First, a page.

Addition of Quizartinib to Chemotherapy in Newly Diagnosed FLT3-ITD–Positive Acute Myeloid Leukemia

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As reported in The Lancet by Erba et al, the phase III QuANTUM-First trial has shown prolonged overall survival with the addition of the FLT3 inhibitor quizartinib to chemotherapy in patients with newly diagnosed FLT3-internal-tandem-duplication (ITD)-positive acute myeloid leukemia (AML).

Study Details


  • Quizartinib plus chemotherapy prolonged overall survival vs placebo plus chemotherapy.
  • Median overall survival was 31.9 months vs 15.1 months.

In the double-blind trial, 539 patients aged 18–75 years from sites in 26 countries were randomly assigned between September 2016 and August 2019 to receive quizartinib (n = 268) or placebo (n = 271) plus chemotherapy. Induction therapy consisted of cytarabine at 100 mg/m² per day via continuous infusion from day 1 to 7 and anthracycline (daunorubicin at 60 mg/m² per day or idarubicin at 12 mg/m² per day) on days 1, 2, and 3, then quizartinib at 40 mg or placebo once per day starting on day 8 for 14 days. Patients with complete remission or complete remission with incomplete neutrophil or platelet recovery received consolidation with high-dose cytarabine plus quizartinib at 40 mg per day or placebo, allogeneic hematopoietic cell transplantation (allo-HCT), or both, followed by continuation of single-agent quizartinib or placebo for up to 3 years. The primary endpoint was overall survival in the intent-to-treat population.  

Overall Survival

Median follow-up was 39.2 months (interquartile range = 31.9–45.8 months). A total of 173 patients in the quizartinib group and 175 in the control group proceeded to consolidation and 116 and 92 entered continuation. Median overall survival was 31.9 months (95% confidence interval [CI] = 21.0 months to not estimable) in the quizartinib group vs 15.1 months (95% CI = 13.2–26.2 months) in the control group (hazard ratio [HR] = 0.78, 95% CI = 0.62–0.98, P = .032). HRs favored quizartinib across most prespecified subgroups. In a post hoc subgroup analysis by age, the HRs were 0.68 (95% CI = 0.49–0.95) among patients aged < 60 years and 0.91 (95% CI = 0.66–1.26) among those aged ≥ 60 years. Event-free survival was not significantly prolonged in the quizartinib group (HR = 0.92 (95% CI = 0.75–1.11, P = .24).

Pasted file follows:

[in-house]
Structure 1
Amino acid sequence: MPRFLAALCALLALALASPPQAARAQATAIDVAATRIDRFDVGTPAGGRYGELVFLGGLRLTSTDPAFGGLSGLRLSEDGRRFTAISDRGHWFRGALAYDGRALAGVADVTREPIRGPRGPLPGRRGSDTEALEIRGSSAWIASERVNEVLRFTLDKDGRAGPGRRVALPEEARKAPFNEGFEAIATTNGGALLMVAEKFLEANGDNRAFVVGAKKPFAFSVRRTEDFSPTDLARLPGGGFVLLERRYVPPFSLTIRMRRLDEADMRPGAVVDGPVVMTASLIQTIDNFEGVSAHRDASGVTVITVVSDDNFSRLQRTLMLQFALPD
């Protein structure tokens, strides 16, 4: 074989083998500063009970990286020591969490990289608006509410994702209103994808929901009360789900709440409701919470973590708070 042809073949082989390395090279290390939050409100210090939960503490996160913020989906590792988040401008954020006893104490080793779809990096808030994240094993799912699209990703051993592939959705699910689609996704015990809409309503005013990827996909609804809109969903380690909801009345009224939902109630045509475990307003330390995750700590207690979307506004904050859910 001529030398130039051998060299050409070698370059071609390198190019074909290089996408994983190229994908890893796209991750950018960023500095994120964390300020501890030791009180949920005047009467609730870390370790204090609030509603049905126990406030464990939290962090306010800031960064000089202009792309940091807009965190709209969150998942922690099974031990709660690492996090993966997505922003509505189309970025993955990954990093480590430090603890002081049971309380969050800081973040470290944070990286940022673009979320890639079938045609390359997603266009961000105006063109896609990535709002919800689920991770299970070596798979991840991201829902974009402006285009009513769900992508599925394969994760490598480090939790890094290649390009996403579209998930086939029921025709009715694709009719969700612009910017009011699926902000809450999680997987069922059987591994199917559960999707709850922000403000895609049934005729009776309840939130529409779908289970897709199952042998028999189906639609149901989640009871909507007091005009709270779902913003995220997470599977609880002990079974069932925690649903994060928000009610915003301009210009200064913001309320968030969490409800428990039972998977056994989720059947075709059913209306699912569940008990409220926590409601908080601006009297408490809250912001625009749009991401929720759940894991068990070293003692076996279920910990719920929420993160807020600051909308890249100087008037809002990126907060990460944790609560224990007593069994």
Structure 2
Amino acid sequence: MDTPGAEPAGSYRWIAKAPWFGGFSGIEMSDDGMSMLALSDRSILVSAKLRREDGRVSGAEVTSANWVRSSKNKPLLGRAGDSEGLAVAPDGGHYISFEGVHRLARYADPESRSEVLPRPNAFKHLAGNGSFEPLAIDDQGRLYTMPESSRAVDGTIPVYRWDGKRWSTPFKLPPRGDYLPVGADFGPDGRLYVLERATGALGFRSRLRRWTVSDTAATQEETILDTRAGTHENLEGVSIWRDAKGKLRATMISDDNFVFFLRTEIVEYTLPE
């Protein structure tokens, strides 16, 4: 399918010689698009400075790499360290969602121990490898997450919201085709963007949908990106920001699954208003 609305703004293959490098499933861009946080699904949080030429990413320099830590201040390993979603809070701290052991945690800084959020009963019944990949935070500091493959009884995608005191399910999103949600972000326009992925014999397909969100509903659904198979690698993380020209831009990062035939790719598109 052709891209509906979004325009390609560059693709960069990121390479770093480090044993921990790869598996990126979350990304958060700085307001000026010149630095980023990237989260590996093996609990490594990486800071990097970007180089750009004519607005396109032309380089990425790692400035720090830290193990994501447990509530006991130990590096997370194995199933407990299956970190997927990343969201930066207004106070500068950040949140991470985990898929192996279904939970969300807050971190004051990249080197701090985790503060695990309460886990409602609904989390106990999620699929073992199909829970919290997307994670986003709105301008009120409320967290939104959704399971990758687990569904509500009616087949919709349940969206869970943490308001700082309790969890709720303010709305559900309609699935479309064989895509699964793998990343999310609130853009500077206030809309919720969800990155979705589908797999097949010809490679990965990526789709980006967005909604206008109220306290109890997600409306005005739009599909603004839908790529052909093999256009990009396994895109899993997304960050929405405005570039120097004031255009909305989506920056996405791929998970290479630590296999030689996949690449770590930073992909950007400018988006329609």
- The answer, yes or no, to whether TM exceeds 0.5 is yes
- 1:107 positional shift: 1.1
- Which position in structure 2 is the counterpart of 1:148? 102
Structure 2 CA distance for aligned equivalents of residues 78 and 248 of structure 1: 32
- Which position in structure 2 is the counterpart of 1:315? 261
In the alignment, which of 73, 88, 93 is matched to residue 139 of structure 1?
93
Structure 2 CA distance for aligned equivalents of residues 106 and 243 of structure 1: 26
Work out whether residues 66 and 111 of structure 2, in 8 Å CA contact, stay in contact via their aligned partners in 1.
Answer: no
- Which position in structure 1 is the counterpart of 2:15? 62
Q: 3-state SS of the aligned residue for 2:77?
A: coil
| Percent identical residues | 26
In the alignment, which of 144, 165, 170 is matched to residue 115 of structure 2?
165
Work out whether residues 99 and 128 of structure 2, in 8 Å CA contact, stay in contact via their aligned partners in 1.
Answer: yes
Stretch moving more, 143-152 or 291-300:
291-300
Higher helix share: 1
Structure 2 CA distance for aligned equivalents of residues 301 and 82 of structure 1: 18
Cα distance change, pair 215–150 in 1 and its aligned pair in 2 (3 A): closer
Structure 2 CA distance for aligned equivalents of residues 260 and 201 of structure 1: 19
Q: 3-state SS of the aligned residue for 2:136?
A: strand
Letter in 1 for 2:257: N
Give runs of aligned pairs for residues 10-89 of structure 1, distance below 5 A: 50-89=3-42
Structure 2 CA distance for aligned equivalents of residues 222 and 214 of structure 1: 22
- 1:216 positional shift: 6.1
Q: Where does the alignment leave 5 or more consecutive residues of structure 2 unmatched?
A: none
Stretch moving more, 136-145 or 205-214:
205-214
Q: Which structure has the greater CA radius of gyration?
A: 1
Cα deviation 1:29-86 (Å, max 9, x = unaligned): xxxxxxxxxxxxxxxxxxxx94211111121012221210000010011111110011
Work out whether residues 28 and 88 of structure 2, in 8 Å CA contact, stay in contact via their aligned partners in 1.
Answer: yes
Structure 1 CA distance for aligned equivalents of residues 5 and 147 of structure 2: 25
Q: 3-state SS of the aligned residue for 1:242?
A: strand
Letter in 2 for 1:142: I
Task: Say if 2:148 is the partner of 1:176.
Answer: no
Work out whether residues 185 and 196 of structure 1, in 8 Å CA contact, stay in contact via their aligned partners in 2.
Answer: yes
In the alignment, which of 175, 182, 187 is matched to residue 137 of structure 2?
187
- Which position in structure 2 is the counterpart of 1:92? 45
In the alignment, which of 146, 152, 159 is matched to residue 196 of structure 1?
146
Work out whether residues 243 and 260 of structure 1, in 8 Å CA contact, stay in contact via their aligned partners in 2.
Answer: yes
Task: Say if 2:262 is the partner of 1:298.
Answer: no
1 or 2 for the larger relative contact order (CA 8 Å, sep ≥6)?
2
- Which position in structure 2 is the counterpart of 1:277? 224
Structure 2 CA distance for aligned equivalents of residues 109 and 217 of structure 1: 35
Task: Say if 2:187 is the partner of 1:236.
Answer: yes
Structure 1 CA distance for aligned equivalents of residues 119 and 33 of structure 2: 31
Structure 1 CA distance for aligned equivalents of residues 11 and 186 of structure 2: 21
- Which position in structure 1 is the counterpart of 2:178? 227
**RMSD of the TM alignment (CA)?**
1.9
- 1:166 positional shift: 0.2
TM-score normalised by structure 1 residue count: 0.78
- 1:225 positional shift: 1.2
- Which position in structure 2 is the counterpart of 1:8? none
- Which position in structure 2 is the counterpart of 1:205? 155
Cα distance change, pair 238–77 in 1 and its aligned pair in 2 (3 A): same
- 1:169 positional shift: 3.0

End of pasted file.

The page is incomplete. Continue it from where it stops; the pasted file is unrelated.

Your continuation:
Among 147 patients in the quizartinib group and 150 in the control group with complete remission during induction, median relapse-free survival was 39.3 months (95% CI = 22.6 months to not estimable) in the quizartinib group vs 13.6 months (95% CI = 9.7–23.7 months) in the control group (HR = 0.61, 95% CI = 0.44–0.85). Among these patients, the cumulative incidence of relapse at 12, 24, and 36 months was 19% vs 35%, 31% vs 43%, and 34% vs 45%.

Adverse Events

Grade ≥ 3 adverse events occurred in 92% of the quizartinib group and 90% of the control group. The most common grade 3 or 4 adverse events were febrile neutropenia (43% vs 41%), hypokalemia (19% vs 16%), and pneumonia (11% vs 11%) in both groups and neutropenia (18% vs 9%) in the quizartinib group. Serious adverse events occurred in 56% vs 44% of patients, most commonly febrile neutropenia (11% vs 8%). Adverse events led to treatment discontinuation in 20% vs 9% of patients. Adverse events led to death in 11% vs 10% of patients, most commonly infection (8% vs 4%).

The investigators concluded: “The addition of quizartinib to standard chemotherapy with or without allo-HCT, followed by continuation monotherapy for up to 3 years, resulted in improved overall survival in adults aged 18–75 years with FLT3-ITD–positive newly diagnosed AML. Based on the results from the QuANTUM-First trial, quizartinib provides a new, effective, and generally well tolerated treatment option for adult patients with FLT3-ITD–positive newly diagnosed AML.”

Harry P. Erba, MD, Duke Cancer Institute, is the corresponding author for The Lancet article.

Disclosure: The study was funded by Daiichi Sankyo. For full disclosures of the study authors, visit

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